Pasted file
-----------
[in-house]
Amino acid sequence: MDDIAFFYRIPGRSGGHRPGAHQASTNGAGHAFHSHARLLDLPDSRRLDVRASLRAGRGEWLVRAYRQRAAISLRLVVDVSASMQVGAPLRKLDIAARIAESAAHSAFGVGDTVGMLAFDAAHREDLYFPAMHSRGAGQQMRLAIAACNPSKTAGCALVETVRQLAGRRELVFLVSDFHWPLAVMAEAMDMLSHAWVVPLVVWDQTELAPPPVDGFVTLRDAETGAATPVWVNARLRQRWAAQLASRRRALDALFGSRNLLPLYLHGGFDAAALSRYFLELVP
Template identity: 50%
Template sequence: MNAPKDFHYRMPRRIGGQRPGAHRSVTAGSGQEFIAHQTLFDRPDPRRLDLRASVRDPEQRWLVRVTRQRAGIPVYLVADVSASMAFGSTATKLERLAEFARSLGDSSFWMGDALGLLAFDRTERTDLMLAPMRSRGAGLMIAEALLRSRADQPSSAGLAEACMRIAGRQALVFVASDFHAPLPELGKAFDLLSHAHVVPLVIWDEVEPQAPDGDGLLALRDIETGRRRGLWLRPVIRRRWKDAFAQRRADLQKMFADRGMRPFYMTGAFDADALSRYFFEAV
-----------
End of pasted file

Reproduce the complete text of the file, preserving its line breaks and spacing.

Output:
[in-house]
Amino acid sequence: MDDIAFFYRIPGRSGGHRPGAHQASTNGAGHAFHSHARLLDLPDSRRLDVRASLRAGRGEWLVRAYRQRAAISLRLVVDVSASMQVGAPLRKLDIAARIAESAAHSAFGVGDTVGMLAFDAAHREDLYFPAMHSRGAGQQMRLAIAACNPSKTAGCALVETVRQLAGRRELVFLVSDFHWPLAVMAEAMDMLSHAWVVPLVVWDQTELAPPPVDGFVTLRDAETGAATPVWVNARLRQRWAAQLASRRRALDALFGSRNLLPLYLHGGFDAAALSRYFLELVP
Template identity: 50%
Template sequence: MNAPKDFHYRMPRRIGGQRPGAHRSVTAGSGQEFIAHQTLFDRPDPRRLDLRASVRDPEQRWLVRVTRQRAGIPVYLVADVSASMAFGSTATKLERLAEFARSLGDSSFWMGDALGLLAFDRTERTDLMLAPMRSRGAGLMIAEALLRSRADQPSSAGLAEACMRIAGRQALVFVASDFHAPLPELGKAFDLLSHAHVVPLVIWDEVEPQAPDGDGLLALRDIETGRRRGLWLRPVIRRRWKDAFAQRRADLQKMFADRGMRPFYMTGAFDADALSRYFFEAV